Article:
It’s been months now, maybe even close to a year as we renovate new space, closeout our places in Dallas, and relocate. This transition hasn’t been fast or easy, but it has been magnificently worth it.
In Dallas, as I sit in bed at night reading I hear planes landing at Love Field, cars with loud engines squealing out at red lights, dogs barking…barking…barking, emergency sirens, gun shots, and this is all at day’s end after leaf-blowers. If I had to stay in this density of noise the rest of my life, I think I would plunge into sadness. Instead the quiet of nature, bird songs, wandering deer, and challenges of garden gophers bring delight.
Moving or not, I hope this post inspires you, dear reader, to fearlessly go through what’s important, and not important. The COVID years were rough on everyone.
What you see above is one of my childhood portraits tossed in the trash bin. I will say, it was hard to let go, but what do I do with it? I’m not going to hang this in my house. In fact, it has been in hiding for 20-plus-years behind a cabinet. I will use a photo of it in a small digital book.
On top of the photo are patterns of rabbits, cats, dogs…everything created by my company. I don’t need to hang onto those either.
Nothing holds you back from the future like the weight of the past. For me, I’m keeping the best pieces of each memory, and letting everything else go. Nothing has to be perfect anymore, or the best—only comfortable.
As for Mac, he’s approved for a certified remote office with his company, Alex Brown. He will continue to have his office at the Crescent in Dallas, but will also have this remote home office.
In the last two years we’ve donated seven paintings to the Longview Museum of Art in Longview, Texas. Fine art has become too serious for our new lifestyle. The donated pieces are beautiful, and deserve to be seen and studied by more people than will ever come through our house.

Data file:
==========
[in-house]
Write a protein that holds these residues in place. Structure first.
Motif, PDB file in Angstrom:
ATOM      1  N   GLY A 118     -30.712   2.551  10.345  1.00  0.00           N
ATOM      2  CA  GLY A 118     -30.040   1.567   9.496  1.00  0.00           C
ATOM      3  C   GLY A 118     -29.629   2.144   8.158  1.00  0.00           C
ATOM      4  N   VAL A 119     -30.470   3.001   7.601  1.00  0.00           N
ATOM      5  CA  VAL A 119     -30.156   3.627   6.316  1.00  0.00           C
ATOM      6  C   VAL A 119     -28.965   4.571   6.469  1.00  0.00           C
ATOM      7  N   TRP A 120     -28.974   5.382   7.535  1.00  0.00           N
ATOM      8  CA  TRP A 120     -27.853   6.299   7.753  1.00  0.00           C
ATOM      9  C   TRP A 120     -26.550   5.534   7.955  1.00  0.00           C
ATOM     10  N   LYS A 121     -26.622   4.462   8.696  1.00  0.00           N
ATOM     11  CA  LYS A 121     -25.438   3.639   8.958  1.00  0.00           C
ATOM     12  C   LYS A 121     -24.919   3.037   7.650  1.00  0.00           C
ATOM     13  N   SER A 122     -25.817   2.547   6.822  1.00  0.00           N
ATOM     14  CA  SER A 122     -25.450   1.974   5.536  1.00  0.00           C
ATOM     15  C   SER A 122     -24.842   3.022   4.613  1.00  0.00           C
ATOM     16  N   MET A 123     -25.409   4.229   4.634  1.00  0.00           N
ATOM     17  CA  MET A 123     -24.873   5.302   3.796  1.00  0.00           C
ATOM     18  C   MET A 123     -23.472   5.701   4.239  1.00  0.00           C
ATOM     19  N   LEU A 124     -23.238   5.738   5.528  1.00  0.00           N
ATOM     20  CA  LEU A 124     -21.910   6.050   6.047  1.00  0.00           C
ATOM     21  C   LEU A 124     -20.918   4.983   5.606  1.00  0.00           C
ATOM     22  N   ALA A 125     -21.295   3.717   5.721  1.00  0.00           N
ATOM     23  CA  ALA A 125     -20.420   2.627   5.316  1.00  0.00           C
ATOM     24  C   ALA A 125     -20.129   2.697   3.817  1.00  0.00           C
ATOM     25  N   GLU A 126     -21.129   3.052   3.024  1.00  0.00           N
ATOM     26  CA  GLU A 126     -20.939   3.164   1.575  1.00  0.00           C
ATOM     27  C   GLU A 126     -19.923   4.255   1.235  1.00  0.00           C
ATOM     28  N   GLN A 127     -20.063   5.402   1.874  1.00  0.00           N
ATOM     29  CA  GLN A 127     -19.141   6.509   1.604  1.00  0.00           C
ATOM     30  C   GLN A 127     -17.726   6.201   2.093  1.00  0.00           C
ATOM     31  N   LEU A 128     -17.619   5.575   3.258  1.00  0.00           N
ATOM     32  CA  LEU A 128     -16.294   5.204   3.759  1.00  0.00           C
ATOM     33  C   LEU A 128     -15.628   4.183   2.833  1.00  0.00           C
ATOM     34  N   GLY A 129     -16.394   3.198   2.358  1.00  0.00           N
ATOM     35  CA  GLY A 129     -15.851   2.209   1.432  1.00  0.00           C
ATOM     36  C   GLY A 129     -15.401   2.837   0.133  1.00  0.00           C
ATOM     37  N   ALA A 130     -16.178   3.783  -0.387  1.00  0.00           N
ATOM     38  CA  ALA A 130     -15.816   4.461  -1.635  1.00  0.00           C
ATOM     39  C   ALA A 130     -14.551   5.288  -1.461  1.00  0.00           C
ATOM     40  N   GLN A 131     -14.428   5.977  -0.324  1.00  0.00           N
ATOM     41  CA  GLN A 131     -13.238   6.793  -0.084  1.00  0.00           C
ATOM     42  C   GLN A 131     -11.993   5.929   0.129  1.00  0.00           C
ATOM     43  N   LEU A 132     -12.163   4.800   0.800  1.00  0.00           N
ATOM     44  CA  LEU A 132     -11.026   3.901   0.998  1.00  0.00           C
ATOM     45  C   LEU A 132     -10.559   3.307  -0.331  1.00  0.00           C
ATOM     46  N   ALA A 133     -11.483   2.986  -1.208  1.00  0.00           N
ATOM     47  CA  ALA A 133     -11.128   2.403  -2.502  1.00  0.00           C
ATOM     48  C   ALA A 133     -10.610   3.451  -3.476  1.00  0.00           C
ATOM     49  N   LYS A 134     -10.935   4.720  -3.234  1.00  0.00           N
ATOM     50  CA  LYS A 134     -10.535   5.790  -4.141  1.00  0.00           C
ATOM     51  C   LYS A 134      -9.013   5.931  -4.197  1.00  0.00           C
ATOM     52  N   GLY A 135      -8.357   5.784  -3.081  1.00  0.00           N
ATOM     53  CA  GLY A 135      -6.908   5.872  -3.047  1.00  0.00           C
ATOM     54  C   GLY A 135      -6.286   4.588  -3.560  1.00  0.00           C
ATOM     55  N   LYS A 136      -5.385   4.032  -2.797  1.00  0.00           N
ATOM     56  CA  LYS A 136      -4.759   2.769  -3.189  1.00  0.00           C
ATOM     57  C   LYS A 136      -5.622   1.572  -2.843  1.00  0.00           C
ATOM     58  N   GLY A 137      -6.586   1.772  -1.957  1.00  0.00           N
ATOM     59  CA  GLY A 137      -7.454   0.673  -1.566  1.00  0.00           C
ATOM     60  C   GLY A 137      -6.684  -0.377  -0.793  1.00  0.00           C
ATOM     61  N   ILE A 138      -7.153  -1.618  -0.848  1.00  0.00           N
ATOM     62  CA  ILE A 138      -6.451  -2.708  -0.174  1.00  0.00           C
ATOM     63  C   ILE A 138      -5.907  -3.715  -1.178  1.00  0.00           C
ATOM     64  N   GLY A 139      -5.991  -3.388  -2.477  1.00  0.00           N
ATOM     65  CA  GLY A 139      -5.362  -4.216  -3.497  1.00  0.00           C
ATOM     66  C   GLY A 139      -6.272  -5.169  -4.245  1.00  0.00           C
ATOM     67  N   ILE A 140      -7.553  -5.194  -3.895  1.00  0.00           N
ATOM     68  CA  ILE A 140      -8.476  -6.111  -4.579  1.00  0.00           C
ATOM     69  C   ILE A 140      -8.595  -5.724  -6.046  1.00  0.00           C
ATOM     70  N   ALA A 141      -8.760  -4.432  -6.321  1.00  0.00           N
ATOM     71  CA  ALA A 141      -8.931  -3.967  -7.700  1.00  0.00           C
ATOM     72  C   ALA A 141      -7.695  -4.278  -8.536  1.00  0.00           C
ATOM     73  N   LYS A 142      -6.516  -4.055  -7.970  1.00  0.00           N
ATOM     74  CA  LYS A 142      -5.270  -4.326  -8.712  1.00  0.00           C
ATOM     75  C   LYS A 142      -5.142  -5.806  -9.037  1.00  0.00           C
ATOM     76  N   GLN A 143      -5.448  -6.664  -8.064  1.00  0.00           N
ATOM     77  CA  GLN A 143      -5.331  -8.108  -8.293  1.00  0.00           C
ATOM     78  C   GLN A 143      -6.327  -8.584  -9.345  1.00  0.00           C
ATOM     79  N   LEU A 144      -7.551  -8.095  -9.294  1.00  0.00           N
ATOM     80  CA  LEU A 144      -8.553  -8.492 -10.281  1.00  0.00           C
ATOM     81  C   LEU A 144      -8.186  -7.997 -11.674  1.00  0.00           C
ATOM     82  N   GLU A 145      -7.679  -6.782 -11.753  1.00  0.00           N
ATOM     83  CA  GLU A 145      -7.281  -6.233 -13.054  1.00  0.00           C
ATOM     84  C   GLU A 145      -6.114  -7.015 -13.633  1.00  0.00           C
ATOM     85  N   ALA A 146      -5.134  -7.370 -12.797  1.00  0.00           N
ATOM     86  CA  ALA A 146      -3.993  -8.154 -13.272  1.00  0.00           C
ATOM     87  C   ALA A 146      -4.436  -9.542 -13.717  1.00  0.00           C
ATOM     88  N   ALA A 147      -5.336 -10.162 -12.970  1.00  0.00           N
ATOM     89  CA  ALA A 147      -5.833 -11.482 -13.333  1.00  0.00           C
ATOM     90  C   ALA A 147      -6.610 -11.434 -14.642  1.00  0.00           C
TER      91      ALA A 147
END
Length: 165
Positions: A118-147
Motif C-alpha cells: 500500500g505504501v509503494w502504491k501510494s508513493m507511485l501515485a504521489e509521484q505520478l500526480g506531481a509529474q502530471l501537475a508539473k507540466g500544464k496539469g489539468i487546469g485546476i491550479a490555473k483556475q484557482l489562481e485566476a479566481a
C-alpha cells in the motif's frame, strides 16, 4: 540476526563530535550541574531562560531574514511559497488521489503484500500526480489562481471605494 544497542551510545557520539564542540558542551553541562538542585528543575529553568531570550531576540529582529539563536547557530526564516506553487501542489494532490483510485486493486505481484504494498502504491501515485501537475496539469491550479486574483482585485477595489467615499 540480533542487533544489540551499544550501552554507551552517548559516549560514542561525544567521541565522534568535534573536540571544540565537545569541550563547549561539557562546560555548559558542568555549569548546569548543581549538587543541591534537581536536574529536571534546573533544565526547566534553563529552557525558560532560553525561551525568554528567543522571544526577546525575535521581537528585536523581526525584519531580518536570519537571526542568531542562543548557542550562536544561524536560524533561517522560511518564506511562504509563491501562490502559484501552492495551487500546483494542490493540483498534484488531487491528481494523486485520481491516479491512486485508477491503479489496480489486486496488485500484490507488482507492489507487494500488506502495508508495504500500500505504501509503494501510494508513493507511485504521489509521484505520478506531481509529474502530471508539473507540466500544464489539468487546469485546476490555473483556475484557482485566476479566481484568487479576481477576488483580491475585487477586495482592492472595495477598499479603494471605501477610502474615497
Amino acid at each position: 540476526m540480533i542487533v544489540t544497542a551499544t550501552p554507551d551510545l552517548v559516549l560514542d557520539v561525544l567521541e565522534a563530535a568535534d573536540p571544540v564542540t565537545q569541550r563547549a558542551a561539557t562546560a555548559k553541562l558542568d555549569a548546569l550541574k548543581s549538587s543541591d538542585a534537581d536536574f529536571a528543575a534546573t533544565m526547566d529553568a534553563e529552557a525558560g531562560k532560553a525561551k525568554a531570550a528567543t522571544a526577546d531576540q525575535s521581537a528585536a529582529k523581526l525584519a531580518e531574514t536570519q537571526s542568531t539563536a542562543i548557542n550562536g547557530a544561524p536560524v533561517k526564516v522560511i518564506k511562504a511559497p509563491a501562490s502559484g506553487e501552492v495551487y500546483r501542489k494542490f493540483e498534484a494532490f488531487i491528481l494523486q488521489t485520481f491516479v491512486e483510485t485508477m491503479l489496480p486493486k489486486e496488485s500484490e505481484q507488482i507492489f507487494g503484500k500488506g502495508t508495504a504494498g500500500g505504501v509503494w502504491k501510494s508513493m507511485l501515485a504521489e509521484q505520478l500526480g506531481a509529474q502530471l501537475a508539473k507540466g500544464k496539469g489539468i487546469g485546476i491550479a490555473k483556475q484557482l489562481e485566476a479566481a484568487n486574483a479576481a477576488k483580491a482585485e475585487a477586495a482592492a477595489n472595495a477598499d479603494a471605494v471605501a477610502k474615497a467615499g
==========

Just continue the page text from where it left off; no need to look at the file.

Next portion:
We’ve added 1200 sf, and 28 windows to the house. It’s interesting to be creative at a time of shortage and limitation. We had to use basic 3 x 5 Lowe’s windows which created a cottage feel— a cozy feel.
A soft color palette is being created to go with our pine furniture. I consulted with Jacob Owens Designs. Type him into your YouTube search. His color knowledge is extensive and I highly recommend him. He saved us a lot of money by targeting select paint colors that worked for our lighting situation.
The colors have changed since this photo, but still within this soft range. Exact colors will not be known until they’re put in writing with the contractor.
This pink, Benjamin Moore 888 Valentine Memories, is for our vintage styled kitchen island.
The blue swatch has gone a bit darker from this photo. It’s now Benjamin Moore 1662, Mediterranean Sky, used for the front door, and flanking planters.
The whole house interior will be Benjamin Moore’s CC-30 Oxford White.
The exterior will be, Benjamin Moore’s OC-19 Seapearl.
In a future post I’ll talk about the technologies, or non-technologies, added to this house to help with whatever the future throws at us. We do own acreage to build on, and will do so when the world settles down. Right now, we are grateful for this house to help us leave the city, and ground into a life in nature.